F IS FOR FOUR: JAG FITS THE F-TYPE WITH A FOUR CYLINDER ENGINE
Much to the annoyance of some sports car purists, Jaguar’s fitted a four-cylinder engine to its F-type. Jack Evans finds out whether it’s worthy of a place in the line-up.
WHAT IS IT? Here’s a Jaguar F-type – but not quite as you’d know it. Rather than a raucous V8 or V6 under the long, sculpted bonnet, there’s a 2.0-litre four-cylinder petrol. While that may not sound like enough engine for a red-blooded convertible, Jaguar claims that it’s got what it takes to instil the F-type with proper performance.
This is the convertible version too, meaning drop-top thrills and windin-your-hair experiences with slightly better economy figures than you’d find with the more high-powered F-type models.
There’s still a lot of kit fitted as standard, though this model has a range of options – but we’ll delve into these a little later.
needed, as it can sometimes feel like a particularly dark cockpit.
WHAT’S UNDER THE BONNET? The F-type’s 2.0-litre, four-cylinder ‘Ingenium’ petrol engine is surprisingly powerful and, according to Jaguar, offers the ‘ highest specific power output of any engine in the F-type range’ with 148bhp-per-litre. Overall, it produces 296bhp and 400Nm of torque, sending this power to the rear wheels via an eight-speed ZF automatic gearbox.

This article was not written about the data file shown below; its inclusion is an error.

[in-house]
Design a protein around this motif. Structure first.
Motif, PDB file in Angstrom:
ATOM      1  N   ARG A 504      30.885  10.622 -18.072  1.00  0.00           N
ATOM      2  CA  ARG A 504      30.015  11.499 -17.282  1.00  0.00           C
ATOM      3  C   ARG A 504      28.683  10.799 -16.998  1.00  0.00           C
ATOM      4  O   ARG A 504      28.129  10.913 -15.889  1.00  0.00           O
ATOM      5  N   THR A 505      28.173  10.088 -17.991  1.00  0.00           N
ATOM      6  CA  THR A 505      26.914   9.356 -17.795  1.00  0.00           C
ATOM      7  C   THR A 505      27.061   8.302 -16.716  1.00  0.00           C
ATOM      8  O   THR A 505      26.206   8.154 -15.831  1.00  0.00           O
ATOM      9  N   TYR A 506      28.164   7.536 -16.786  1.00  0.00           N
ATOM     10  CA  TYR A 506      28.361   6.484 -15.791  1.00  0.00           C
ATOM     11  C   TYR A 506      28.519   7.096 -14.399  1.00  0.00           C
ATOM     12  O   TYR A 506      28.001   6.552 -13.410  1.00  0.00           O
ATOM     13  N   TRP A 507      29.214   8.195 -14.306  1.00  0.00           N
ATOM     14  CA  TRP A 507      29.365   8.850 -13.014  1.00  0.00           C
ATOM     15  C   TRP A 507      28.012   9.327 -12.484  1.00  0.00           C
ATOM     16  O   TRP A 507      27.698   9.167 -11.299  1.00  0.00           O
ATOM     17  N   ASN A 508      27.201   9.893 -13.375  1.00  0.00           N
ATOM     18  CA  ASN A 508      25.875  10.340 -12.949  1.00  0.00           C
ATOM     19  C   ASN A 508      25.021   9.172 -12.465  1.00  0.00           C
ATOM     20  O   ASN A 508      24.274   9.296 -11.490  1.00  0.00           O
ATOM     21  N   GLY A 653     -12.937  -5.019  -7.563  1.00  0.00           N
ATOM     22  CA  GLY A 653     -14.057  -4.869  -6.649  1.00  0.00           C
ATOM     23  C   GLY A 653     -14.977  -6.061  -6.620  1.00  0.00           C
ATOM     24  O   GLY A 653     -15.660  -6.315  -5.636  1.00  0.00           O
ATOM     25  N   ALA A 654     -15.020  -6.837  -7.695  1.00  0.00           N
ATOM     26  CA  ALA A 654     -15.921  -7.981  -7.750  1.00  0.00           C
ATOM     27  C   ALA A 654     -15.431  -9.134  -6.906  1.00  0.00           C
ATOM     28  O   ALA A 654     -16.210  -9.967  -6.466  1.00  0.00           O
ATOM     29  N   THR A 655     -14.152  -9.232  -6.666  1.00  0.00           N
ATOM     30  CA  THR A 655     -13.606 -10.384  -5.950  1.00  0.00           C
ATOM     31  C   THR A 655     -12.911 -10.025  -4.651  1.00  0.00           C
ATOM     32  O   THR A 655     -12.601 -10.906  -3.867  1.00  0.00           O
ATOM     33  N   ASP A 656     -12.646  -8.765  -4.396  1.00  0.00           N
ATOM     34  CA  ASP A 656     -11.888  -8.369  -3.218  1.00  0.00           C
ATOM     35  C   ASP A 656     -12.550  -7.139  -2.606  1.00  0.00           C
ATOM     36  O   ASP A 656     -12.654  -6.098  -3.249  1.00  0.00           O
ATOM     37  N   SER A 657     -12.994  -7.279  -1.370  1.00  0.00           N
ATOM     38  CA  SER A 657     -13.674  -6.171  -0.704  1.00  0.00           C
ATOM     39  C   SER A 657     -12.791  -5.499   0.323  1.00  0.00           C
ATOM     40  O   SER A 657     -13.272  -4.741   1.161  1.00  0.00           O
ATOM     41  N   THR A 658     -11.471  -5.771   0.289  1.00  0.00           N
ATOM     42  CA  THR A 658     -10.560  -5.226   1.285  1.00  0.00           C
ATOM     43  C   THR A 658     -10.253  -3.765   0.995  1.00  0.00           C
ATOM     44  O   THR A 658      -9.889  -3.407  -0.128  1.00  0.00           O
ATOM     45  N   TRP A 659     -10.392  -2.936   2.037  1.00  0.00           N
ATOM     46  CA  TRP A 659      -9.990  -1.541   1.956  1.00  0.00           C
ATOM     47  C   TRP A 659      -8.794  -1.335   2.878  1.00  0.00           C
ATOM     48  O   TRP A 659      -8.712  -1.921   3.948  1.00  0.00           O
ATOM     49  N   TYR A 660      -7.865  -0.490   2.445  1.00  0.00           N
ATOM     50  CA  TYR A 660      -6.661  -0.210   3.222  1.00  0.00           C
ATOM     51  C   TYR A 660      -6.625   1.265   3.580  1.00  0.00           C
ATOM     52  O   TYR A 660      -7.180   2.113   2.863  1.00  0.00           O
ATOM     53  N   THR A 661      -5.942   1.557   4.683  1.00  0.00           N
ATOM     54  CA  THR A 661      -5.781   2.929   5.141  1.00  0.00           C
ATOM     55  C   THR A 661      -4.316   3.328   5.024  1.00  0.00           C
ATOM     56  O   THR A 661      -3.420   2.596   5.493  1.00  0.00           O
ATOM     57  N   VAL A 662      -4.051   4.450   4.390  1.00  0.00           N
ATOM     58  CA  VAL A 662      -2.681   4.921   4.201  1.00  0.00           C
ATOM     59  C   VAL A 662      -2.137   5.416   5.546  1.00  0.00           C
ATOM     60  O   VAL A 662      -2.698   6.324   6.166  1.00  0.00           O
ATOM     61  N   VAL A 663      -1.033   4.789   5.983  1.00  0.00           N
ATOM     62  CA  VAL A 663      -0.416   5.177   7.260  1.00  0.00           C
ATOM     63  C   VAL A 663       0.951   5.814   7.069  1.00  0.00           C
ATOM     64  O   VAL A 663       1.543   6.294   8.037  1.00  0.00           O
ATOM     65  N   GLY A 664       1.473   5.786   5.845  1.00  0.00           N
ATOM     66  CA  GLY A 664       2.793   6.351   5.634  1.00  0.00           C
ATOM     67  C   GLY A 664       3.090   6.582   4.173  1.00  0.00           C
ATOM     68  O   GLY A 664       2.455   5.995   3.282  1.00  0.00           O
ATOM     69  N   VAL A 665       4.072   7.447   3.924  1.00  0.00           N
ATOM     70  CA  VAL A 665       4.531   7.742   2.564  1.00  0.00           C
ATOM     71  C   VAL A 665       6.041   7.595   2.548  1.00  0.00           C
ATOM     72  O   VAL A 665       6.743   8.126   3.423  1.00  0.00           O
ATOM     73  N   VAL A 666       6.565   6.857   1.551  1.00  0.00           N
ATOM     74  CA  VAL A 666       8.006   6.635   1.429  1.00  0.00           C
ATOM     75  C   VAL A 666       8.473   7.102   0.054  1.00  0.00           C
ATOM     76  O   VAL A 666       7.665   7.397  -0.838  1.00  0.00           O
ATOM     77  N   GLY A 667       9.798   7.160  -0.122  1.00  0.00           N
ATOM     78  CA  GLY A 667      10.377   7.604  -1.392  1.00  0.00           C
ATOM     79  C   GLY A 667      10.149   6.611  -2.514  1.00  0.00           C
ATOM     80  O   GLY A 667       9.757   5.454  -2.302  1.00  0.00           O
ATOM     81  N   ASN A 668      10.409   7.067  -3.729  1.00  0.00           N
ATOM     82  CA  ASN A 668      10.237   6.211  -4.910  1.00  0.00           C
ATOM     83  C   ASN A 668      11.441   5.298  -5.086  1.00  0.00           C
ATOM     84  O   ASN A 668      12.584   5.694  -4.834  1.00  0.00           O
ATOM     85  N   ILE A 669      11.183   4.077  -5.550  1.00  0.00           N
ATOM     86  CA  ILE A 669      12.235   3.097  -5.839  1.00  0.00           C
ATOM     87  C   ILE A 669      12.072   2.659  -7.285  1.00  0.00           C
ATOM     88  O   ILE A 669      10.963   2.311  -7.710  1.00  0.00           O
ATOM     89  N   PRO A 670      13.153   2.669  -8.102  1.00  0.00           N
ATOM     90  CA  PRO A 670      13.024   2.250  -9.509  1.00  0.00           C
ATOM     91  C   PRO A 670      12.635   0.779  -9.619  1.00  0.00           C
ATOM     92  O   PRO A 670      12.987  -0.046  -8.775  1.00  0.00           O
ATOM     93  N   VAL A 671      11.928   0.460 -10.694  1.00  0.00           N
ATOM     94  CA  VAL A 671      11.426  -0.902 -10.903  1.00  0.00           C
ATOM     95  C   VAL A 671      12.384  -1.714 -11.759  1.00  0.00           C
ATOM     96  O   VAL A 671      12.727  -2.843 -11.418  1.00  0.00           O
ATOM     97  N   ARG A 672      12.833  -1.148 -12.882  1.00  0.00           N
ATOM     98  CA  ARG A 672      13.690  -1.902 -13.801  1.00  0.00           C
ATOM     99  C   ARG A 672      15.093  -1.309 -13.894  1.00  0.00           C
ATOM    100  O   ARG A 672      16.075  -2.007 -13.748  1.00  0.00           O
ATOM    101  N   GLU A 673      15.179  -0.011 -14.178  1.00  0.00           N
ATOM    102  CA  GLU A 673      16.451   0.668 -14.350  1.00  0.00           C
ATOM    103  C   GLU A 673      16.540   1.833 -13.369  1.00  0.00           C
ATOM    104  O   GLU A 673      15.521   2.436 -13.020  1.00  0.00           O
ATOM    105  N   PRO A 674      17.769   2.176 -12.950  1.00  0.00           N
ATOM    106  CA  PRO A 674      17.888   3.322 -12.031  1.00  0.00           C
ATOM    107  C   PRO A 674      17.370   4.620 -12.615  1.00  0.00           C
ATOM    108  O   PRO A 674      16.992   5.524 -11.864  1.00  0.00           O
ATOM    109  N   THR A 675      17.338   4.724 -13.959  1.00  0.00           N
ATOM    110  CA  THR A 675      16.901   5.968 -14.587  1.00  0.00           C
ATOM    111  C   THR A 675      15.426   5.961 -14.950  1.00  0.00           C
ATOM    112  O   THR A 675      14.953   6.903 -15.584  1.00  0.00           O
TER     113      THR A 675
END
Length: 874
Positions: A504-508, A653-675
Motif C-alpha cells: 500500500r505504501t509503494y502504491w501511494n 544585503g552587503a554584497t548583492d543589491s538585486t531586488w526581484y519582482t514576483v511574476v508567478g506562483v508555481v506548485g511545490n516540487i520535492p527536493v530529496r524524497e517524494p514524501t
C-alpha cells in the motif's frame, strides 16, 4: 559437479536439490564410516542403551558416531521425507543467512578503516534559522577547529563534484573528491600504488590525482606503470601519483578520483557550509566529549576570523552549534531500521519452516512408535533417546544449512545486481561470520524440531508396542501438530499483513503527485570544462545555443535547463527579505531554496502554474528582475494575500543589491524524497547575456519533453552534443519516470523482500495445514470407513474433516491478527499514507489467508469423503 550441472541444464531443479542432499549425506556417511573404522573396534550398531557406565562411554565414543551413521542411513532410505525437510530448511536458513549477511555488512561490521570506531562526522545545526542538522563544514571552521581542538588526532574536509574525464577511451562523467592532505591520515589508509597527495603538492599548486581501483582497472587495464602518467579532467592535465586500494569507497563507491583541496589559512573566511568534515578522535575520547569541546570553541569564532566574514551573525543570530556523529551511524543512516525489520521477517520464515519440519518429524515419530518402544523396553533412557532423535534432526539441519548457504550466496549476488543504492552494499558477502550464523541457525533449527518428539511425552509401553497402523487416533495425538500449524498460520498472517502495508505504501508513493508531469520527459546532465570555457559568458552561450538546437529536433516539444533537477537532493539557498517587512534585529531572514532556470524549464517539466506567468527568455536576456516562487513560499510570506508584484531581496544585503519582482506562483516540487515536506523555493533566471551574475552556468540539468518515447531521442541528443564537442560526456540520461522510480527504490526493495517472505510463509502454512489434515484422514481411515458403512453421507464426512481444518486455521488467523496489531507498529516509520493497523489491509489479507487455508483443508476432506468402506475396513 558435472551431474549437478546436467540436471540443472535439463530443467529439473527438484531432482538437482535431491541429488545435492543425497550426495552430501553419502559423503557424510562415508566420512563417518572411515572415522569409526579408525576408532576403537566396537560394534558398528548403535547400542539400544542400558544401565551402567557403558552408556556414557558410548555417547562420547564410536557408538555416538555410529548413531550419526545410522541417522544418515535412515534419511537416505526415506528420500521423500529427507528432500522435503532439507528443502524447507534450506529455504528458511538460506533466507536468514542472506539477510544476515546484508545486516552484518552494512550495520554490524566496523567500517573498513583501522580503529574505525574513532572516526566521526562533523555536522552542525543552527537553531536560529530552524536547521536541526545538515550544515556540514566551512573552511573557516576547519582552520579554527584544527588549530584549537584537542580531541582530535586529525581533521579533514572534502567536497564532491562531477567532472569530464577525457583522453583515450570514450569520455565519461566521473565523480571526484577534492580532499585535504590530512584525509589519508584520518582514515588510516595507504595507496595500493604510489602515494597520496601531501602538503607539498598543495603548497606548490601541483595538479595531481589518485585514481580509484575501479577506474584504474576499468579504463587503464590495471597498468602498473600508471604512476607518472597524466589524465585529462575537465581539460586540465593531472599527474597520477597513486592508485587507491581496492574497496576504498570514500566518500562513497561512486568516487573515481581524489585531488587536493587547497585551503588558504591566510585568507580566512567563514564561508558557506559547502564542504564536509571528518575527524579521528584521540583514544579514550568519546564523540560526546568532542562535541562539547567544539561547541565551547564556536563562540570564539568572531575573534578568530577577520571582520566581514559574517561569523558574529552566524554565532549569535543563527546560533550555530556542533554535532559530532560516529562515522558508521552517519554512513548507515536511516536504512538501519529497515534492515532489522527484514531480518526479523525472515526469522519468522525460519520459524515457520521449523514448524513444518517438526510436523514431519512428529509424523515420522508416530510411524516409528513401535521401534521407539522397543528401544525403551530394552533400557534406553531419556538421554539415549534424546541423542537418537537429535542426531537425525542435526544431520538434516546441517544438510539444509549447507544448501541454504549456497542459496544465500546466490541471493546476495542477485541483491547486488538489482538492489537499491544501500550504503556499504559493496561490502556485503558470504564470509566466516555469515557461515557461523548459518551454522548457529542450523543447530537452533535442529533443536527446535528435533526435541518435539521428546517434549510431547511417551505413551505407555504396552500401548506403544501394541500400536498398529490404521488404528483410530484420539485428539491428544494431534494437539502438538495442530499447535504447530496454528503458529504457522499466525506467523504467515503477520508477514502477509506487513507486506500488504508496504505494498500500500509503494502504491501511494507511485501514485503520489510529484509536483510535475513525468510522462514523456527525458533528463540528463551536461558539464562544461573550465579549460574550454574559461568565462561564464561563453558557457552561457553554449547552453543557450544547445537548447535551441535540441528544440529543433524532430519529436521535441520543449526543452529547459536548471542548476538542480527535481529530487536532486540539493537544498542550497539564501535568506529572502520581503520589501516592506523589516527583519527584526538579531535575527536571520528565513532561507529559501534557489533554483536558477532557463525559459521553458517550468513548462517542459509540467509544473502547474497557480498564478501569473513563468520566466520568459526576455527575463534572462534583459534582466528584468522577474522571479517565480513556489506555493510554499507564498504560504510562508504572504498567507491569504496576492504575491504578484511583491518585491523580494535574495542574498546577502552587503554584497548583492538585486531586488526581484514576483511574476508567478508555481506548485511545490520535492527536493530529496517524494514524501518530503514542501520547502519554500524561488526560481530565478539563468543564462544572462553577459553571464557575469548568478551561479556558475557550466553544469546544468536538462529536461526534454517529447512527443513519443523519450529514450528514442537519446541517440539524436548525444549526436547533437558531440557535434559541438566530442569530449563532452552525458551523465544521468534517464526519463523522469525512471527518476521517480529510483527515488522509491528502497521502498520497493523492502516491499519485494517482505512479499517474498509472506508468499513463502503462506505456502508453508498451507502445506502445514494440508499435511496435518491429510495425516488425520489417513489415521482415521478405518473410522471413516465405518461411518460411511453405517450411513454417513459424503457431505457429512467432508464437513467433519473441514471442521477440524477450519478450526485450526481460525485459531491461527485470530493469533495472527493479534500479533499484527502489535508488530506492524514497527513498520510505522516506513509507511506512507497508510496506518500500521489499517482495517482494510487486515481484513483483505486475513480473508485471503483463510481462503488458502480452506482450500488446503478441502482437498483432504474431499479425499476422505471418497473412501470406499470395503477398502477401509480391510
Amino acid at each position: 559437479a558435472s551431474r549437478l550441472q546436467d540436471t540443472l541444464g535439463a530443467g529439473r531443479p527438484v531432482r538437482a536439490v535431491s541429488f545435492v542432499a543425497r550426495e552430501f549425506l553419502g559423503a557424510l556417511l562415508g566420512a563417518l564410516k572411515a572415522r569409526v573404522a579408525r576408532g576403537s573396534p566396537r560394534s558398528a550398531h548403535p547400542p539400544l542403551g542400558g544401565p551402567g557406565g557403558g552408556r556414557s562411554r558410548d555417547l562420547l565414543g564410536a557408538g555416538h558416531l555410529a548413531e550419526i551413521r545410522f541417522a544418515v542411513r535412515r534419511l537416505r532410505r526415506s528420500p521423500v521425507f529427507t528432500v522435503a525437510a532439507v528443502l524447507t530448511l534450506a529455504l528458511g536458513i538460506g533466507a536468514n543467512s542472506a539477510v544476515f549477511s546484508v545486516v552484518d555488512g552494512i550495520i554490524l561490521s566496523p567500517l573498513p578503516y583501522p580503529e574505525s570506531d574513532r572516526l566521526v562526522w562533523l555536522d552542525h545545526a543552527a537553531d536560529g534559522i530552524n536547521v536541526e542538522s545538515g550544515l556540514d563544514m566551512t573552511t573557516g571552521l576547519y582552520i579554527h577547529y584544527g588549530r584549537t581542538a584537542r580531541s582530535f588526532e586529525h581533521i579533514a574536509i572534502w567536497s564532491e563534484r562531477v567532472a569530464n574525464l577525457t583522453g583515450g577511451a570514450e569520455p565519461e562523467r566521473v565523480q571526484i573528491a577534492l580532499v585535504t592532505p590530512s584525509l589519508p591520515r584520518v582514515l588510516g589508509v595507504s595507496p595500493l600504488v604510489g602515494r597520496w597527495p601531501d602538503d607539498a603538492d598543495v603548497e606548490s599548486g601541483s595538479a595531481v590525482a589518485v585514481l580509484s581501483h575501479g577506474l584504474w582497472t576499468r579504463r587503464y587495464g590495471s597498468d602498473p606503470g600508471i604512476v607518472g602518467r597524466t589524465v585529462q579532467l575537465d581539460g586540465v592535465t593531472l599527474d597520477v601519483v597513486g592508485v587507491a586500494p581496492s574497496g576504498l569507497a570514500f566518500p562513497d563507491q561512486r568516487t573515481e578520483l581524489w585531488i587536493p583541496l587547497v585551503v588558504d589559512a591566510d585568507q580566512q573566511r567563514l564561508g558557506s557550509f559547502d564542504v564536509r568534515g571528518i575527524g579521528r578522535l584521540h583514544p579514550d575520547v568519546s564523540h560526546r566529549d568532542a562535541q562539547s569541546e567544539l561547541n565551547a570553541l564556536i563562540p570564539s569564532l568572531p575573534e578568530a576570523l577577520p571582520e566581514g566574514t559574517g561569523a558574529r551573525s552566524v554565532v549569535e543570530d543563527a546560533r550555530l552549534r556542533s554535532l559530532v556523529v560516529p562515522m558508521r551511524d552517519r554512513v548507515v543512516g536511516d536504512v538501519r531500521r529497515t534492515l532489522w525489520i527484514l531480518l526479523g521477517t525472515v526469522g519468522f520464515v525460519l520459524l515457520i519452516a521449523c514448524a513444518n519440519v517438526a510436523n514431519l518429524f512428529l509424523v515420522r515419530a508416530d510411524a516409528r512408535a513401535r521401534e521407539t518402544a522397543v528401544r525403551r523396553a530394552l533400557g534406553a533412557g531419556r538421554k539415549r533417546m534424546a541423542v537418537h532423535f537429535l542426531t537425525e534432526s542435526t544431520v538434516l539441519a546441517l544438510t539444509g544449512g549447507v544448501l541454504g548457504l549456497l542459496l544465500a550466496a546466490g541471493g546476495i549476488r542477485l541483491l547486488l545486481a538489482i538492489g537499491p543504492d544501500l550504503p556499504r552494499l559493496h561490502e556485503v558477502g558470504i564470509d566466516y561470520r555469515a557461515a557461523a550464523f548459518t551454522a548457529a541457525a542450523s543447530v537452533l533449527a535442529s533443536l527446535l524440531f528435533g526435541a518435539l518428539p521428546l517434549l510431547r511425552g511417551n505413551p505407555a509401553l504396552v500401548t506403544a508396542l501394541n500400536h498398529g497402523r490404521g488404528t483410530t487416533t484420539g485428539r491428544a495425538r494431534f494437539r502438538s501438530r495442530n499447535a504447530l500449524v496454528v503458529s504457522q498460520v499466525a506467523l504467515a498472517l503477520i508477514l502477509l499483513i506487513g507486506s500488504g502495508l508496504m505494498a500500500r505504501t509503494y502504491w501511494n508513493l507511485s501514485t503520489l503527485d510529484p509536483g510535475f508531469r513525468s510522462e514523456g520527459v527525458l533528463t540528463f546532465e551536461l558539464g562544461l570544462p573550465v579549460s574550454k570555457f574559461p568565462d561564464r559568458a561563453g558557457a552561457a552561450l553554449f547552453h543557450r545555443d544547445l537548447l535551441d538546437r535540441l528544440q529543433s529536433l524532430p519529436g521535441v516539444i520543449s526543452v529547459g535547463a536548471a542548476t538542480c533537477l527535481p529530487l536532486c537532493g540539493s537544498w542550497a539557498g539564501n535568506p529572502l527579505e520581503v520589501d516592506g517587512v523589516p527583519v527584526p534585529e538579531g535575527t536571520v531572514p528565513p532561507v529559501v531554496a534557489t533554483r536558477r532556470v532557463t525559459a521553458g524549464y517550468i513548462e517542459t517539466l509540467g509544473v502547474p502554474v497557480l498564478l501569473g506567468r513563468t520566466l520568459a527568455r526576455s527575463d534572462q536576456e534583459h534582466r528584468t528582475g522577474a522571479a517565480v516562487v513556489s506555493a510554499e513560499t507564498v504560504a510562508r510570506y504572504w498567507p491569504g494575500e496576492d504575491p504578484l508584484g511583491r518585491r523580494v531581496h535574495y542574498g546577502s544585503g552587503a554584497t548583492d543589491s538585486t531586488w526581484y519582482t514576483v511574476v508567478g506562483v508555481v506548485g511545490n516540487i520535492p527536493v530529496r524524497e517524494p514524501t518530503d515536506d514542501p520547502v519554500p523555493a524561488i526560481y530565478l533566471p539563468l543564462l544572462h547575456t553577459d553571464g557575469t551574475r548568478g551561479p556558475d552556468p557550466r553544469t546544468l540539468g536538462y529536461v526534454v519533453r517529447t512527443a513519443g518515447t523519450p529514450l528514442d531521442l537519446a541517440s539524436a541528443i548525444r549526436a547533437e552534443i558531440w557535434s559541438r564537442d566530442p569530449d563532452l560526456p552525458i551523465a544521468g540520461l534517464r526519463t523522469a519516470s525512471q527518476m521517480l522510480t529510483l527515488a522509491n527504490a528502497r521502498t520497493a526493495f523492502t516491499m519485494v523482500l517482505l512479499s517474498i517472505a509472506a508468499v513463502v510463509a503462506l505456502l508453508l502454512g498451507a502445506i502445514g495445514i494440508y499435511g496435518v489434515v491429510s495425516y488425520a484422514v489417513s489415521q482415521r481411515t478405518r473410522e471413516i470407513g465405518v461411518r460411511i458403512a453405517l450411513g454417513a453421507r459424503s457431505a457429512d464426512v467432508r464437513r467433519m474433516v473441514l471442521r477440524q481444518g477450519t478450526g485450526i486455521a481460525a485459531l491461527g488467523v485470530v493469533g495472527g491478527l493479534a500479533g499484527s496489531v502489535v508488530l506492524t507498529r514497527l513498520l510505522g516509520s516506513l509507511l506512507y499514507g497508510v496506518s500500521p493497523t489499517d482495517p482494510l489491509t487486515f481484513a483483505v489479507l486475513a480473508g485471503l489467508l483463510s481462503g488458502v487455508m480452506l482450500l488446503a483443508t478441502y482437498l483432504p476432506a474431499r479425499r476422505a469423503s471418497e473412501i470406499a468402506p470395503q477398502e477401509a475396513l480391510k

Acceleration takes a claimed 5.4 seconds, while the F-type’s top speed sits at a respectable 155mph. Of course, one of the main premises behind fitting a smaller capacity engine is better economy, and in that sense the four-cylinder delivers.
Jaguar claims it’ll return 39.2mpg on the combined cycle, while emitting just 163g/km CO2. For context, a Golf GTI produces 139g/km CO2 – despite being far lighter than the Jaguar.
It actually suits the design of the car well, and doesn’t spoil the rear of the F-type whatsoever.